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How old is the helicopter you’re flying? If you are like most of us, you probably fly a helicopter that was produced a couple of decades ago. I have flown the Bell 47, the Hughes 500, the Sikorsky 76 and the Robinson 44.  Only one of those types is younger than my adult daughter!


February 23, 2009
By neil-macdonald

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How old is the helicopter you’re flying? If you are like most of us, you probably fly a helicopter that was produced a couple of decades ago. I have flown the Bell 47, the Hughes 500, the Sikorsky 76 and the Robinson 44.  Only one of those types is younger than my adult daughter!

So what – right? We all know that aircraft are effectively rebuilt around the manufacturer’s data plate. Most if not all the parts have been replaced over the years, and the “old” aircraft are actually quite new.
So what? Why does this matter to operators or pilots? Well, if you happen to have flight operations into the U.S., or even if you just happen to fly into the U.S. on occasion, you need to know about the General Aviation Revitalization Act (GARA).

Signed by President Bill Clinton in 1994, GARA was to be the answer to a tailspin the general aircraft industry found itself in. Some manufacturers were going bankrupt defending lawsuits, while others stopped producing piston-engine aircraft because of the associated liability risk. Manufacturers could no longer afford liability insurance for aircraft that had been flying since the Second World War.

So what? Well, the existence of GARA, this little-known law (to me at least, until recently) will matter to you if you are a pilot, a pilot’s loved one, or an operator who suffers a loss or injury due to the negligent manufacturing of an aircraft or one if its component parts. GARA is a statute that cuts off the liability tail for manufacturers after 18 years! 

To understand how GARA works, it is important to know exactly which aircraft are covered by it. GARA deals with “general aviation aircraft,” which are any aircraft that the FAA issued a type certificate or airworthiness certificate for, and which, at the time of issuance had a maximum seating capacity of fewer than 20 passengers, and which, at the time of the accident, was not engaged in scheduled passenger-carrying operations. If your helicopter meets these minimum requirements, and many would, then it is covered by GARA in the U.S. 

Now, there are some notable exceptions. GARA will not apply if: 1) you were injured in the accident, but were not “aboard” the aircraft at the time of the accident (lawyers love this type of wording!) or 2) you were injured as a result of being a passenger for the purpose of receiving treatment for a medical or other emergency (clearly not your day!) or 3) you can prove the manufacturer concealed, or knowingly misrepresented required information, relevant to the performance, maintenance, or operation of the system or part that is causally related to the harm you suffered (great legal wording once again!) or 4) that you had a written warranty that extends beyond GARA’s 18-year reach (we all know warranties are measured in months, not years!).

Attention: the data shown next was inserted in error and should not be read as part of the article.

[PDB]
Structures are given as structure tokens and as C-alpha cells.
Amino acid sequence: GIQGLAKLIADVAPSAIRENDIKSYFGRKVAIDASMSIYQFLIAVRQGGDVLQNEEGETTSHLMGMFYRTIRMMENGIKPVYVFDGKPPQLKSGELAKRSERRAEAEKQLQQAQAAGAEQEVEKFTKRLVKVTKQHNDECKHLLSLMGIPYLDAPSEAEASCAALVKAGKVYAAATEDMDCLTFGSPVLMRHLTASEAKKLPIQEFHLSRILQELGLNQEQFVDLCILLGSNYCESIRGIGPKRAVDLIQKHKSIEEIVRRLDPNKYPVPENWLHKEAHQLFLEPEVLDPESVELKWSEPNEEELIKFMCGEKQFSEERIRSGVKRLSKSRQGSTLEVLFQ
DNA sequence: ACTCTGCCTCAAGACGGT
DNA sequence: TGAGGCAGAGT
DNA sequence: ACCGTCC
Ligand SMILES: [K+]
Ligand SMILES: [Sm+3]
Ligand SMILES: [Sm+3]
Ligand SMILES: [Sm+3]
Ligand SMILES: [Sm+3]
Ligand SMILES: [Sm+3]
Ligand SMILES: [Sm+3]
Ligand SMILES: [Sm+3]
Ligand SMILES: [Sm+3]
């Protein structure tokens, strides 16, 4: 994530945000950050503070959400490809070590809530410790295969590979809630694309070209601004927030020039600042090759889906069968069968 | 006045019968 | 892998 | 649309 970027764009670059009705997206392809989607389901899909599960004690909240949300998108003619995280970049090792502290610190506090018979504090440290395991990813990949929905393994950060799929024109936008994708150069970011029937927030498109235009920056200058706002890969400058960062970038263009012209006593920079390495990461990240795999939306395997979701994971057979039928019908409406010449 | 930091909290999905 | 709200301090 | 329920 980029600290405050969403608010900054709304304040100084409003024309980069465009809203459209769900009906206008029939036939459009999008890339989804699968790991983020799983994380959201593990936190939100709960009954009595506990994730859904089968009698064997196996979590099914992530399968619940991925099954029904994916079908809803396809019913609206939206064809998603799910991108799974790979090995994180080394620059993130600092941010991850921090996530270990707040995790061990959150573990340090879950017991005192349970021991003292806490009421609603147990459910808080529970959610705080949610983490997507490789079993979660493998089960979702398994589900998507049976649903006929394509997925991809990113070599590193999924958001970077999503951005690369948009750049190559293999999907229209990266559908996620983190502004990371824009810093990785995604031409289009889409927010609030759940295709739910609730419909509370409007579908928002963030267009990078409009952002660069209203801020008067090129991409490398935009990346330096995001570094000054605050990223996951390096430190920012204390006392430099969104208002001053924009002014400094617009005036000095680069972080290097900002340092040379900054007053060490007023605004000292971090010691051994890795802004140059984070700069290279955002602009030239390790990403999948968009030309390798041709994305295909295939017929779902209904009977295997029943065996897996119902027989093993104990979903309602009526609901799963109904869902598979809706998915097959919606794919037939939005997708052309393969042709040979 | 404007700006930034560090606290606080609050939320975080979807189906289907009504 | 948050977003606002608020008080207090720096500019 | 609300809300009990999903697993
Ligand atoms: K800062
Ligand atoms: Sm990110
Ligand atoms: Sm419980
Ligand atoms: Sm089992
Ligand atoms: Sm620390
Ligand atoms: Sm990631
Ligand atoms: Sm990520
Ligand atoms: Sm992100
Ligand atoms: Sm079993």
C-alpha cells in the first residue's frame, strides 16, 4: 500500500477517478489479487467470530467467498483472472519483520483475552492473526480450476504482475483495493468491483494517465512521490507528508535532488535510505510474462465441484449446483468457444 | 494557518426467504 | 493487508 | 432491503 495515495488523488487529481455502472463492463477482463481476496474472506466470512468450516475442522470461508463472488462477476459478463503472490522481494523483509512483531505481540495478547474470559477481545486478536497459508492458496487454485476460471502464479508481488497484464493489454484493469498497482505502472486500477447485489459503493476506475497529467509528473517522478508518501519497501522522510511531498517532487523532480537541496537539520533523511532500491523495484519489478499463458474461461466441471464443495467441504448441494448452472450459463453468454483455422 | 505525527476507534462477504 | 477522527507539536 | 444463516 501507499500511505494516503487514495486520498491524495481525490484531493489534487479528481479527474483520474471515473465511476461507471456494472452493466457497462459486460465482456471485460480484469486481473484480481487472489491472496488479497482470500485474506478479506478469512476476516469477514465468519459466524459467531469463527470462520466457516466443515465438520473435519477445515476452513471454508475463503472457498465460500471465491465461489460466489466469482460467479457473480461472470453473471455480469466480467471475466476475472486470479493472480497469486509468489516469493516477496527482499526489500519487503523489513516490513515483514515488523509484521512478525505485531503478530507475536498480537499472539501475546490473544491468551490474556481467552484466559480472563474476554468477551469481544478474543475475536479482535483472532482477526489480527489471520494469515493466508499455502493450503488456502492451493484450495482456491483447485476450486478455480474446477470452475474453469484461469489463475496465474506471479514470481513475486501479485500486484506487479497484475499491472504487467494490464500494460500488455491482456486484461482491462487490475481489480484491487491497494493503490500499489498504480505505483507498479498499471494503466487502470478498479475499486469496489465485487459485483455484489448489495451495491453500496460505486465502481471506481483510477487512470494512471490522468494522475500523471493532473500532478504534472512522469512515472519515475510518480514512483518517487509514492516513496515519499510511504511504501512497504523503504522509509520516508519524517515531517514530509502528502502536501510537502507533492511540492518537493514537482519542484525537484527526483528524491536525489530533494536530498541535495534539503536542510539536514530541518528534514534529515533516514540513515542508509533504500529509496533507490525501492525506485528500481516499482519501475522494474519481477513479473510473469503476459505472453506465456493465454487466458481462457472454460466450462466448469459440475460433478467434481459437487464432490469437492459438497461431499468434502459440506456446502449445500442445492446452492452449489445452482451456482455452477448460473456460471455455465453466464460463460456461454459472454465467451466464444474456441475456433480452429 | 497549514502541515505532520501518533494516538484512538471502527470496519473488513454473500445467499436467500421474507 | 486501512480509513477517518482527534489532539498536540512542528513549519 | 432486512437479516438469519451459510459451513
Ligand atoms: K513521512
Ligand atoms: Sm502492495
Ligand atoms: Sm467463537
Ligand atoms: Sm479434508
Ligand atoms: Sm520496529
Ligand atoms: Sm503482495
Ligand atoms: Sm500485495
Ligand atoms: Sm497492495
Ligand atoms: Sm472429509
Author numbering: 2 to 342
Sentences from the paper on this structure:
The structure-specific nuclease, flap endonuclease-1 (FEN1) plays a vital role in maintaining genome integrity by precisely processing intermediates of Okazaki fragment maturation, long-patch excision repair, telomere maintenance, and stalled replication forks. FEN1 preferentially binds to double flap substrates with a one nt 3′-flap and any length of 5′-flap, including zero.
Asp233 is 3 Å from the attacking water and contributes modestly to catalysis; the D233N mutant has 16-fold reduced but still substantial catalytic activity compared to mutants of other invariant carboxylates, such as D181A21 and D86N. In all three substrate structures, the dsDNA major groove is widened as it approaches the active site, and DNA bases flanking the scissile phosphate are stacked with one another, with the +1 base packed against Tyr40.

GARA dictates that no civil action for damages for death or injury may be brought against a manufacturer of an aircraft – or any component, system, subassembly, or any other part of an aircraft – in the U.S. 18 years after the date of delivery of the aircraft to its first purchaser, lessee, lessor, or seller of that particular aircraft. This encompasses quite a group! GARA was initially designed to protect general aircraft manufacturers from seemingly endless liability tails. When one group gets protected, however, another gets exposed!
So, now what? Well, if GARA exempts the aircraft and parts manufacturers from liability, then the only ones left with deep enough pockets to satisfy the damage awards in a lawsuit will be pilots, operators, and maintenance facilities! 

How do we protect ourselves if we fly older aircraft in the U.S.? One way is to ensure we have the appropriate type and amount of insurance in place when operating in the U.S. Another way to avoid the reach of GARA is to try to have your legal action heard in Canada, if at all possible (see my October column on this topic). 

While no case has truly considered the jurisdictional reach of GARA into Canada, it is my opinion that GARA will not apply to incidents that occur in Canada. However, due to “reciprocating state” agreements between provinces and individual states, an action that has been dismissed in the U.S. may well be given that same consideration north of the border – only time will tell.

Are you still thinking ‘so what’? Not me!

Neil MacDonald is a lawyer with Harper Grey LLP, practising in Aviation Law. He holds an ATPL-H, and flies part-time as an Air Ambulance pilot. nmacdonald@harpergrey.com .
This is not a legal opinion. Readers should not act on the basis of this article without first consulting a lawyer for analysis and advice on a specific matter.
Your feedback on this or any other topic is always welcome. Please contact the editor at dmccarthy@annexweb.com or go to www.helicoptersmagazine.com to post a comment on our blog.


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